Not all gorgonians are constructed according to the same body plan, although the branching ones do appear superficially identical. In some, the branches are round in cross section, with polyps arranged more or less uniformly over the whole surface of the branch. In others, the branches are triangular in cross section, with polyps usually confined to the apices of the triangle, and in still others, the branches are flattened blades, with polyps arrayed only on the edges. These differences probably represent adaptations to environmental conditions that vary in both the degree of exposure to sunlight and in the nature of currents prevailing in the gorgonians preferred habitat. We know that stony corals alter their growth patterns depending upon ambient light,
Bahamian Sea Fan (Gorgonia flabellum): can thrive in a reef tank with vigorous currents.
168 Natural Reef Aquariums
Shaving Brush (Penicillus dumetosus)
Rolled-blade Alga (.Padina boergesenii)
Mermaid s Fans ÍUdotea spinulosa)
Watercress Alga (Halimeda discoidea)
Calcareous Green Alga (Halimeda sp.)
Pinecone Alga CRhipocephalus sp.)
becoming flatter and more platelike with increasing water depth. In areas subjected to a great deal of turbulence, as opposed to directional flow, there would seem to be no special advantage to the orientation of the polyps, or indeed of the whole gorgonian, with respect to water movement. In other localities, however, directional flow may predominate, and the polyps might be arranged so that all are "facing into the wind" or, in this case, the current, which brings food and oxygen and carries away wastes and reproductive cells. Sea fans are almost always perpendicular to the prevailing currents, and they are of the flat-stemmed type of gorgonian. Careful inspection of a sea fan with expanded polyps will show that the polyps are only found on the edges of each tiny branchlet and that all seem to stretch toward the incoming water flow. Placement of gorgonians with attention to these specializations should enhance their likelihood of surviving and growing in the aquarium. Nonphotosynthetic gorgonians are, in my experience, nearly always of the round-branch type, with uniformly distributed polyps, the better to catch food arriving from any direction.
MACROALGAE. Down among the bases of the gorgonians, calcareous macroalgae fulfill roles similar to those of the shrubs and herbs of the forest floor. Udotea flabelliforme, U. cyathiformis, Penicillus c api tat us, P. dumetosus, Halimeda in-crassata, H. discoidea, Rhipocephalus phoenix, Avrainvillea nigricans, Cymopolia barb at a, Dasycladus vermicularis and Acetabularia crenulata all occur in the gorgonian forest in abundance. Caulerpa, interestingly, is not so common, probably because only a few species of this tropical seaweed can make do with smooth, solid rock for a substrate.
There are three major groups into which macroalgae may be sorted. These groupings are based upon pigmenta-
tion. Perhaps most familiar are the green algae, (Chloro- the order in which corallines are placed. All of the coralline phyta), with Caulerpa being a typical species. Red algae species are placed in one family, Corallinaceae, distinguished
(Rhodophyta) are typified by species such as Gracillaria. by the calcified body structure.
(The ured slime" algae that sometime reach plague propor- Coralline algae are either crustose (thinly encrusting)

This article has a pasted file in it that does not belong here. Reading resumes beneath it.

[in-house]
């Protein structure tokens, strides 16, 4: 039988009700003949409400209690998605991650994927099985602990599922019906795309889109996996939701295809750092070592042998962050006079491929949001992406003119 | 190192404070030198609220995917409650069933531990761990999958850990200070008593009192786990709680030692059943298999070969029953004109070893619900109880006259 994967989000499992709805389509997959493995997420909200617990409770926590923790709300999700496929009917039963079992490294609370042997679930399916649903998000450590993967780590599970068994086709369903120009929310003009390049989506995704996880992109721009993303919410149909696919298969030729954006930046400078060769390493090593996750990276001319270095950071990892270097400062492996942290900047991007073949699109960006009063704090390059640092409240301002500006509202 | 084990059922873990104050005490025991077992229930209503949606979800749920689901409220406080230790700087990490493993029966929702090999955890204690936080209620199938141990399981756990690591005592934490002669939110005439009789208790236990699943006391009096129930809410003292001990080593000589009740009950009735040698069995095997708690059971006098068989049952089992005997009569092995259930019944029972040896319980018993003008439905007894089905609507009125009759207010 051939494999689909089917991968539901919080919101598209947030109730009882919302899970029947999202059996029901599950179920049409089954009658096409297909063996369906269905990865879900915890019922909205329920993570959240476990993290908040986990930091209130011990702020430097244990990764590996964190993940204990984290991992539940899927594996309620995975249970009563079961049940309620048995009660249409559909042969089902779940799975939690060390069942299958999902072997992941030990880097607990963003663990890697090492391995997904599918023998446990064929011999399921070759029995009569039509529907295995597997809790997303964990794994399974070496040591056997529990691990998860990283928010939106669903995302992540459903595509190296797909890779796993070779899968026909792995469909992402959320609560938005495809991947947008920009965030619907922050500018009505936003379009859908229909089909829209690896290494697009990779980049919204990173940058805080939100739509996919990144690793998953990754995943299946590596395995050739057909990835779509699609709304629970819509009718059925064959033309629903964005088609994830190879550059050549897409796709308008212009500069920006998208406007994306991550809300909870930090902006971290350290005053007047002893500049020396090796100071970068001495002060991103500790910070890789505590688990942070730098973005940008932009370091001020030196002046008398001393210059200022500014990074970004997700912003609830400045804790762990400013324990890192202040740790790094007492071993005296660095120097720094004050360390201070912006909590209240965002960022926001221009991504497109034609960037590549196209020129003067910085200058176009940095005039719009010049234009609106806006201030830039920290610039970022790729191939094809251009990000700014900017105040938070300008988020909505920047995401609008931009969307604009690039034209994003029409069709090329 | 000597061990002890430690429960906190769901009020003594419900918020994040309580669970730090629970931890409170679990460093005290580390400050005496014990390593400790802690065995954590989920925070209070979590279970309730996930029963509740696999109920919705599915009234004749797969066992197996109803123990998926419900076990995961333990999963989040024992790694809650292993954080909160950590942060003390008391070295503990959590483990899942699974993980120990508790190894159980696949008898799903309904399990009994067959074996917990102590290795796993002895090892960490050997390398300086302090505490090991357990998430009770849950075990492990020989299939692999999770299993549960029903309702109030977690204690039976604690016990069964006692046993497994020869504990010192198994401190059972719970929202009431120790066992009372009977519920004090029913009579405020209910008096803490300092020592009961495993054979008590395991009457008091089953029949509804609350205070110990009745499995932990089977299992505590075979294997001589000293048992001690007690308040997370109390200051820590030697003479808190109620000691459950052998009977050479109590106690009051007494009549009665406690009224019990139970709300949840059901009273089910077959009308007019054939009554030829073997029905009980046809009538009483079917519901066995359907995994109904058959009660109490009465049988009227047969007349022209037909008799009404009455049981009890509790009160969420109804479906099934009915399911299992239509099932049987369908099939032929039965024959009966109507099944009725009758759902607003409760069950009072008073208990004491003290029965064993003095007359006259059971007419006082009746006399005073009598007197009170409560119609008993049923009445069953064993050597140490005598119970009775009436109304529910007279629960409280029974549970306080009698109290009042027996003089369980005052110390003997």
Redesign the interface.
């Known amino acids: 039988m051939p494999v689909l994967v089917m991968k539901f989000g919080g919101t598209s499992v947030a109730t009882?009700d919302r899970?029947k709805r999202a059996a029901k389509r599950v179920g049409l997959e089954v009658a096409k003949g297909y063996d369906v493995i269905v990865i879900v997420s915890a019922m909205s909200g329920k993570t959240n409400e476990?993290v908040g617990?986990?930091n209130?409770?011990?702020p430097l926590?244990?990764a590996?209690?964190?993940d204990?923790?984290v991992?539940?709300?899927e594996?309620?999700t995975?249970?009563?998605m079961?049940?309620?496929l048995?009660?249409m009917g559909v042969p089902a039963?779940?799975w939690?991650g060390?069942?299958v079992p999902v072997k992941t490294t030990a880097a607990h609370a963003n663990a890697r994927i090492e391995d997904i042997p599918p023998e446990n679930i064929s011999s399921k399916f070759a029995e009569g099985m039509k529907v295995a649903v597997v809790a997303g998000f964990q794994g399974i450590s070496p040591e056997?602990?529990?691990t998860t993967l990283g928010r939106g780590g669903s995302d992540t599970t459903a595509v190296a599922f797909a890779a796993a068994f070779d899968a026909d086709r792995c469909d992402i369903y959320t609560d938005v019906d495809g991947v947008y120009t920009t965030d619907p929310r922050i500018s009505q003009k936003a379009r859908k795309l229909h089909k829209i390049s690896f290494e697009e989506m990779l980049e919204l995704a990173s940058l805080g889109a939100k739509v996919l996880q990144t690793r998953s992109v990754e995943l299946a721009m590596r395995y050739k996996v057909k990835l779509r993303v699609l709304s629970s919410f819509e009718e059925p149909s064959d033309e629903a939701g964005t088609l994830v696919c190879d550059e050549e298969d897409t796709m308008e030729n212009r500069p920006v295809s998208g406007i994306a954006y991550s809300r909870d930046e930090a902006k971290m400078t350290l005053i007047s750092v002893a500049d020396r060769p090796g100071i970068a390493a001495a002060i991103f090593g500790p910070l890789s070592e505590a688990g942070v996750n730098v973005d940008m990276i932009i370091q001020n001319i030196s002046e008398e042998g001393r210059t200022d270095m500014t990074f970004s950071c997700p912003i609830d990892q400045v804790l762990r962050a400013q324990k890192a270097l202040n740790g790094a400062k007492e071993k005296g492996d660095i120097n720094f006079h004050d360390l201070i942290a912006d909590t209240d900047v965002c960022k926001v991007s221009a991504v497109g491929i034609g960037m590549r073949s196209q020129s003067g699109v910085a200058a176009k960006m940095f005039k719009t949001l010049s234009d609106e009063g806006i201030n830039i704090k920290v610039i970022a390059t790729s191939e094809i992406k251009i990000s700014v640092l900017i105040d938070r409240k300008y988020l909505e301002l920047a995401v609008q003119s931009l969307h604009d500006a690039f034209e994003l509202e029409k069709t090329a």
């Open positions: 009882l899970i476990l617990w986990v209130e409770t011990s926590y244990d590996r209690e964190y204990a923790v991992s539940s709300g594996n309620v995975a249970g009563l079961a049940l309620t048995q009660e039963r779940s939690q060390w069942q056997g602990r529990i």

tions in the aquarium are not in this group.) The third group, or articulated (upright and branching) and are found in all brown algae (Phaeophyta), includes the giant kelps and nu- seas, although they are most abundant in cold, agitated wa-
merous other species that live in cool waters, although there ters. They tolerate low light intensities and are found at are several tropical species, notably Sargassum.
greater depths than other kinds of algae. Genera and species
Among the most common algae at any depth are several of corallines are separated by studying the details of the species of mauve or purple coralline, or calcareous, red al- sexual reproductive cycles, usually by microscopic exami-
gae that encrust the undersides of rocks in shallow waters, nation of specimens grown under laboratory conditions, able to subsist on the sunlight reflected up to them from The average hobbyist will therefore be unable to identify the sea bottom. Given conditions to their liking, these al- with accuracy any corallines that he or she may encounter, gae will reproduce in the aquarium, encrusting the glass They can be subdivided into two groups: those that undergo and other objects. Coralline algae are regarded as being de- sexual reproduction only in the summer months and those sirable in any aquarium with live rock. Besides being at- that do so either year-round or at a season other than sum-
tractive, these species indicate by their presence that corals mer. Presumably, the tropical species that are usually found can grow in the tank as well.
on live rock in the aquarium trade are reproductive year-
There are two subclasses of Rhodophyta, and one, the round.
Florideophyceae, contains all of the red algae species that are
Among the green macroalgae (Chlorophyta) found on multicellular, capable of both sexual and asexual reproduc- rocks, Dasycladus vermicularis, which looks like 3-inch tion, and possessing multinucleate cells with disc-shaped lengths of green pipe cleaners clustered together, and chloroplasts. Pit connections, a distinctive microscopic fea- Batophora, a relative of Dasydadus that looks like clusters of ture of the cell wall, are prominent. There are nine orders, small, green bananas, are frequently present, distinguished on the basis of details of the development of For our purposes, the green macroalgae of shallow wa-
the reproductive organs, with Order Cryptonemiales being ters may be divided into two groups: those that produce a
Flat Twig Alga (Amphiroa tribulus)
Crustose coralline algae (Rhodophyta)
Lavender coralline algae (Rhodophyta)
170 Natural Reef Aquariums